Abstract The Bioconcentration Factor (BCF) is an important bioaccumulation hazard assessment metric in many regulatory contexts. Its assessment is required by the REACH regulation (Registration, Evaluation, Authorization and Restriction of Chemicals) and by CLP (Classification, Labeling and Packaging). We challenged nine well-known and widely used BCF QSAR models against 851 compounds stored in an ad-hoc created database. The goodness of the regression analysis was assessed by considering the determination coefficient (R2) and the Root Mean Square Error (RMSE); Cooper’s statistics and Matthew’s Correlation Coefficient (MCC) were calculated for all the thresholds relevant for regulatory purposes (i.e. 100 L/kg for Chemical Safety Assessment; 500 L/kg for Classification and Labeling; 2000 and 5000 L/kg for Persistent, Bioaccumulative and Toxic (PBT) and very Persistent, very Bioaccumulative (vPvB) assessment) to assess the classification, with particular attention to the models’ ability to control the occurrence of false negatives. As a first step, statistical analysis was performed for the predictions of the entire dataset; R2>0.70 was obtained using CORAL, T.E.S.T. and EPISuite Arnot–Gobas models. As classifiers, ACD and log P-based equations were the best in terms of sensitivity, ranging from 0.75 to 0.94. External compound predictions were carried out for the models that had their own training sets. CORAL model returned the best performance (R2ext=0.59), followed by the EPISuite Meylan model (R2ext=0.58). The latter gave also the highest sensitivity on external compounds with values from 0.55 to 0.85, depending on the thresholds. Statistics were also compiled for compounds falling into the models Applicability Domain (AD), giving better performances. In this respect, VEGA CAESAR was the best model in terms of regression (R2=0.94) and classification (average sensitivity>0.80). This model also showed the best regression (R2=0.85) and sensitivity (average>0.70) for new compounds in the AD but not present in the training set. However, no single optimal model exists and, thus, it would be wise a case-by-case assessment. Yet, integrating the wealth of information from multiple models remains the winner approach.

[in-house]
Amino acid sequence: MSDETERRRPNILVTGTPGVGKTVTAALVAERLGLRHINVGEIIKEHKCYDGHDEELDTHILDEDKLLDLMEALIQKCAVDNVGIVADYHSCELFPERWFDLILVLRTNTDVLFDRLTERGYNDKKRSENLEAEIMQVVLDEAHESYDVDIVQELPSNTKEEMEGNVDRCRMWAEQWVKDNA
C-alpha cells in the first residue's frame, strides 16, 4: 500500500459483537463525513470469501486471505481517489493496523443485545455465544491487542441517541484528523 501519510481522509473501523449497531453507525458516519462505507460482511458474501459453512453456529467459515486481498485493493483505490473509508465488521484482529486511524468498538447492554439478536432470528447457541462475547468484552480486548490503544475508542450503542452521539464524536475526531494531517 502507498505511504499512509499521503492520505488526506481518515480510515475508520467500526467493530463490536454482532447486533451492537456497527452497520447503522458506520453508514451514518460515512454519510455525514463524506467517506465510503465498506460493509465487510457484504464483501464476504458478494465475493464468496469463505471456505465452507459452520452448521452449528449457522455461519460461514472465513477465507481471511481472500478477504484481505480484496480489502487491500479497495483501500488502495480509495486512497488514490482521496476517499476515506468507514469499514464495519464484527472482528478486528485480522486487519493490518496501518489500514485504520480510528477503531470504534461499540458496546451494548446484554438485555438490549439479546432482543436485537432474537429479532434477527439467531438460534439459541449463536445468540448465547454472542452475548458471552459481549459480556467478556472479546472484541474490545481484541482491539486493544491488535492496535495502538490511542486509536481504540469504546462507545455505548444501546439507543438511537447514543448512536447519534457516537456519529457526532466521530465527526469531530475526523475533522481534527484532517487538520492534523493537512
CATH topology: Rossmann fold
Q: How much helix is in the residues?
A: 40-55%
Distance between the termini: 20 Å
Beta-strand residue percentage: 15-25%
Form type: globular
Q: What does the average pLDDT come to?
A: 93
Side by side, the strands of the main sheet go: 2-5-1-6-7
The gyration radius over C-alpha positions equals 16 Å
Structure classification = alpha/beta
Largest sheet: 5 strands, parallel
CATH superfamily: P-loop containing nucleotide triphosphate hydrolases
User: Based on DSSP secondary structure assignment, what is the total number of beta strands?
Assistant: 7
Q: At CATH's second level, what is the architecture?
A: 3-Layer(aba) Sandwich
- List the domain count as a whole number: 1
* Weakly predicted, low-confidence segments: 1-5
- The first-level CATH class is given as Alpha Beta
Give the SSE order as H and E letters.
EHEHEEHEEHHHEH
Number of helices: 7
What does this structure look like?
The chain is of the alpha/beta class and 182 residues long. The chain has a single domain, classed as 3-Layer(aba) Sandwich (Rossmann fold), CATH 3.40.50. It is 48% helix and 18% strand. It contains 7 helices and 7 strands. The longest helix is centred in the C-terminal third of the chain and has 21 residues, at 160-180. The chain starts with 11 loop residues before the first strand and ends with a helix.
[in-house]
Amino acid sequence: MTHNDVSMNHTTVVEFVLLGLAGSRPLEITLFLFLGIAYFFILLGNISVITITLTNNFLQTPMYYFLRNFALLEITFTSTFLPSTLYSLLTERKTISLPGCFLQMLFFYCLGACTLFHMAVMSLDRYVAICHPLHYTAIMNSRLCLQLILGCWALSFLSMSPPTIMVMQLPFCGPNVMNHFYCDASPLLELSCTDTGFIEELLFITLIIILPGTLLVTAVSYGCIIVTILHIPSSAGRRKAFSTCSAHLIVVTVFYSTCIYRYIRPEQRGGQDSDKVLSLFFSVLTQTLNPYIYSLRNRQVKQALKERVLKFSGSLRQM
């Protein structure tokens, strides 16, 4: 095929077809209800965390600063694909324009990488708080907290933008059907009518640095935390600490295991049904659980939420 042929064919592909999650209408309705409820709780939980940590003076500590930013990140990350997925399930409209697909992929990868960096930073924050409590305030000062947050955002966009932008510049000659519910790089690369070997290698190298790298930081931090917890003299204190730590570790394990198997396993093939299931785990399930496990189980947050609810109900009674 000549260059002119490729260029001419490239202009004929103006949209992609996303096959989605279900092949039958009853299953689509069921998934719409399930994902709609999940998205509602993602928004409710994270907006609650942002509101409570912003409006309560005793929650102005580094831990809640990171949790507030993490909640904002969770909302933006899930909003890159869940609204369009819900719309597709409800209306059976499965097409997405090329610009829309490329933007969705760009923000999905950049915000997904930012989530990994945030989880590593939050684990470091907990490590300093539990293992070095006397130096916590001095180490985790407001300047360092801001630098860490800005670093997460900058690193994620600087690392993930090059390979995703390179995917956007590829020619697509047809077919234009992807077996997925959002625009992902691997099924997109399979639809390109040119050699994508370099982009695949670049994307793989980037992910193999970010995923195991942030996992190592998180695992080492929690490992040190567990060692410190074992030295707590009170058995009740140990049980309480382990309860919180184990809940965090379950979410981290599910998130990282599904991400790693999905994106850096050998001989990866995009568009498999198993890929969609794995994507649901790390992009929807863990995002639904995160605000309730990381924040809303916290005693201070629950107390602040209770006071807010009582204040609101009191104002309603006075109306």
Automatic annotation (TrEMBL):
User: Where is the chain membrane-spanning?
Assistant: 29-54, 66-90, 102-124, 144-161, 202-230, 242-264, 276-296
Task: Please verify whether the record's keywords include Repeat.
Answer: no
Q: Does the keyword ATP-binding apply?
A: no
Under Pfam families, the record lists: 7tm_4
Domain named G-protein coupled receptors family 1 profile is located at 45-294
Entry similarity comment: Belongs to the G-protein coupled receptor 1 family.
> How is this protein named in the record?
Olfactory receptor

• An alternative QSAR-based approach for predicting the Bioconcentration Factor for regulatory purposes
    Altex, 2014
    Co-Authors: Andrea Gissi, Domenico Gadaleta, M. Floris, Stefania Olla, Angelo Carotti, Ettore Novellino, Emilio Benfenati, Orazio Nicolotti

    Abstract:

    The REACH (Registration, Evaluation, Authorization and restriction of Chemicals) and BPR (Biocide Product Regulation) regulations strongly promote the use of non-animal testing techniques to evaluate chemical risk. This has renewed the interest towards alternative methods such as QSAR in the regulatory context. The assessment of Bioconcentration Factor (BCF) required by these regulations is expensive, in terms of costs, time, and laboratory animal sacrifices. Herein, we present QSAR models based on the ANTARES dataset, which is a large collection of known and verified experimental BCF data. Among the models developed, the best results were obtained from a nine-descriptor highly predictive model. This model was derived from a training set of 608 chemicals and challenged against a validation and blind set containing 152 and 76 chemicals. The model’s robustness was further controlled through several validation strategies and the implementation of a multi-step approach for the applicability domain. Suitable safety margins were used to increase sensitivity. The easy interpretability of the model is ensured by the use of meaningful biokinetics descriptors. The satisFactory predictive power for external compounds suggests that the new models could represent a reliable alternative to the in vivo assay, helping the registrants to fulfill regulatory requirements in compliance with the ethical and economic necessity to reduce animal testing.

  • an alternative qsar based approach for predicting the Bioconcentration Factor for regulatory purposes
    ALTEX-Alternatives to Animal Experimentation, 2014
    Co-Authors: Andrea Gissi, Domenico Gadaleta, M. Floris, Stefania Olla, Angelo Carotti, Ettore Novellino, Emilio Benfenati, Orazio Nicolotti

    Abstract:

    Summary The REACH (Registration, Evaluation, Authorization and restriction of Chemicals) and BPR (Biocidal Product Regulation) regulations strongly promote the use of non-animal testing techniques to evaluate chemical risk. This has renewed the interest towards alternative methods such as QSAR in the regulatory context. The assessment of Bioconcentration Factor (BCF) required by these regulations is expensive, in terms of costs, time, and laboratory animal sacrifices. Herein, we present QSAR models based on the ANTARES dataset, which is a large collection of known and verified experimental BCF data. Among the models developed, the best results were obtained from a nine-descriptor highly predictive model. This model was derived from a training set of 608 chemicals and challenged against a validation and blind set containing 152 and 76 chemicals, respectively. The model’s robustness was further controlled through several validation strategies and the implementation of a multi-step approach for the applicability domain. Suitable safety margins were used to increase sensitivity. The easy interpretability of the model is ensured by the use of meaningful biokinetics descriptors. The satisFactory predictive power for external compounds suggests that the new models could represent a reliable alternative to the in vivo assay, helping the registrants to fulfill regulatory requirements in compliance with the ethical and economic necessity to reduce animal testing.